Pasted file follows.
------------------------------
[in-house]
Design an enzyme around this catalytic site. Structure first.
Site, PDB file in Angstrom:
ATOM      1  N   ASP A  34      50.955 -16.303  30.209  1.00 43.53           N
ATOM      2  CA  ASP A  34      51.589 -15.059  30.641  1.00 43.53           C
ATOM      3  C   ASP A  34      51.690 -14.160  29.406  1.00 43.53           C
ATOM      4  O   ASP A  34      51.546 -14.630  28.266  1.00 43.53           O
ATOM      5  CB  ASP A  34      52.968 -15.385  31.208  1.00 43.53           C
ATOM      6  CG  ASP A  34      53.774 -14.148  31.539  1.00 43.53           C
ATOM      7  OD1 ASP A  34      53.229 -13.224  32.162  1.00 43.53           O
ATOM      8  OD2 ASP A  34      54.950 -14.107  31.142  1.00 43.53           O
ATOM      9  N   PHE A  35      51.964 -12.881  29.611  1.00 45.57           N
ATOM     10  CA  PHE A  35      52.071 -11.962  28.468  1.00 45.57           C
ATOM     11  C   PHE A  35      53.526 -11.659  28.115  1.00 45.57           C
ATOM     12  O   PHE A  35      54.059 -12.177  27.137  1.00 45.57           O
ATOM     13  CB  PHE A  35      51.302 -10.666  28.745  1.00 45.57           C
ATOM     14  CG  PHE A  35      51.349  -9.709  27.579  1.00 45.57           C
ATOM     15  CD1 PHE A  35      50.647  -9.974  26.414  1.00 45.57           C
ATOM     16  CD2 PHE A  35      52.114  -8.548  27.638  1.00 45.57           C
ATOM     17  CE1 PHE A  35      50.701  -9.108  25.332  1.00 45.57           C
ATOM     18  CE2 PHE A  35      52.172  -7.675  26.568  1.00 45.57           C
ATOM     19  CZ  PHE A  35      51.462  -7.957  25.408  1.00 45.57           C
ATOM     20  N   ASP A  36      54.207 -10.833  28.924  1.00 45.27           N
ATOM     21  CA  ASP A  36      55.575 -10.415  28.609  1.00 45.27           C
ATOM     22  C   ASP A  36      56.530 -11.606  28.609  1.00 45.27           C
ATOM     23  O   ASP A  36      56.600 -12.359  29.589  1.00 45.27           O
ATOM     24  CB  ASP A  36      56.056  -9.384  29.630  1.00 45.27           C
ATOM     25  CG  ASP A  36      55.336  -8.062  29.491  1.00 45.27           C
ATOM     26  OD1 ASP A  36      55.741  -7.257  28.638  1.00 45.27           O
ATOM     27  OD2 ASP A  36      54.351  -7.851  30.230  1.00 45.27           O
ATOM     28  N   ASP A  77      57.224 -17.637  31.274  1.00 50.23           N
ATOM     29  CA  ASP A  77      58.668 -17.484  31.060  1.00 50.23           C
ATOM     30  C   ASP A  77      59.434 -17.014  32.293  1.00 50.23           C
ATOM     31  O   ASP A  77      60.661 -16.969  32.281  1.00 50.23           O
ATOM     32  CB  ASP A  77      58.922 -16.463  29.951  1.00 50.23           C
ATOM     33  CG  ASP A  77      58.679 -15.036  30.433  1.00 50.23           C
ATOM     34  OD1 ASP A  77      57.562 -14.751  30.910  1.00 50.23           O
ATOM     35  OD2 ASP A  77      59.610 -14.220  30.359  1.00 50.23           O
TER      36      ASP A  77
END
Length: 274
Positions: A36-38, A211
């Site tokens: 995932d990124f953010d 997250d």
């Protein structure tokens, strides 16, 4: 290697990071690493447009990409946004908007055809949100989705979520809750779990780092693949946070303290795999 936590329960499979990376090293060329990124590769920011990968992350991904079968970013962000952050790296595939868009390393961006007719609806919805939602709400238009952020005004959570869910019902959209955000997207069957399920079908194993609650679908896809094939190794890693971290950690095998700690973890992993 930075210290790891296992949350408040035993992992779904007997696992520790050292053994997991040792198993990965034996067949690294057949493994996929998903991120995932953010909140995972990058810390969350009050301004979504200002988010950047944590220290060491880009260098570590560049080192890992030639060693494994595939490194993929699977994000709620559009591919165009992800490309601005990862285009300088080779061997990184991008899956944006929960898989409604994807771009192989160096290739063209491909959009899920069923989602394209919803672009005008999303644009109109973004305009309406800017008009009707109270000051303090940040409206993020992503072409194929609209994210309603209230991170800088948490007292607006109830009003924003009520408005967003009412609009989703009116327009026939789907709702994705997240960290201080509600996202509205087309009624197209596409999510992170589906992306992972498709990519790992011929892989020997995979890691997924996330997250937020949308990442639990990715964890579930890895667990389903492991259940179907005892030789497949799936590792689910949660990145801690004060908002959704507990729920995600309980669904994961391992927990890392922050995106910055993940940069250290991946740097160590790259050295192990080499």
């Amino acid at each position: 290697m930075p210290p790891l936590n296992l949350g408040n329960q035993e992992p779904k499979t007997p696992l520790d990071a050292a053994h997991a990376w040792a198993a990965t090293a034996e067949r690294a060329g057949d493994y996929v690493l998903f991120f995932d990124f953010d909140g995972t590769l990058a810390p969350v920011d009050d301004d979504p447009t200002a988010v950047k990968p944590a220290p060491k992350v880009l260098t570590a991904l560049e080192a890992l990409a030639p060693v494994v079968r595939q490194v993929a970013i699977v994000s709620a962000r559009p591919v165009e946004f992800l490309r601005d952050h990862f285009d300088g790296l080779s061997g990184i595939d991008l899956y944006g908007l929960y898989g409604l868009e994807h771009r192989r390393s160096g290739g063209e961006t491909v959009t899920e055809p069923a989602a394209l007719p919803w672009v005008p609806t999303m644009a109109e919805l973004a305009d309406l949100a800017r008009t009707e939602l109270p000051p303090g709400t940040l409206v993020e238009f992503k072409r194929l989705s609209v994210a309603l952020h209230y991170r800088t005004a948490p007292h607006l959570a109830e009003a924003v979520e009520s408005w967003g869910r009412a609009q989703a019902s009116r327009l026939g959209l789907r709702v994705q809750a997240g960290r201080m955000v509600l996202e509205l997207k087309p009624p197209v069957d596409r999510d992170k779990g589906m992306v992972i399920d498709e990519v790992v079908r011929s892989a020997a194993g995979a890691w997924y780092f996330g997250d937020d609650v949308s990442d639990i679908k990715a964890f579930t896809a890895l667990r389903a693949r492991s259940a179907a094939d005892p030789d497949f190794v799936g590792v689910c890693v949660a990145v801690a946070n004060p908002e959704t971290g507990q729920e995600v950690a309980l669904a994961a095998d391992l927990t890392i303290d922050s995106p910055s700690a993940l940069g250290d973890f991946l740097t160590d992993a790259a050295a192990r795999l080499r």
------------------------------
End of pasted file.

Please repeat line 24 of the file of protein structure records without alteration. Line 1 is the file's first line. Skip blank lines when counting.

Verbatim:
ATOM     21  CA  ASP A  36      55.575 -10.415  28.609  1.00 45.27           C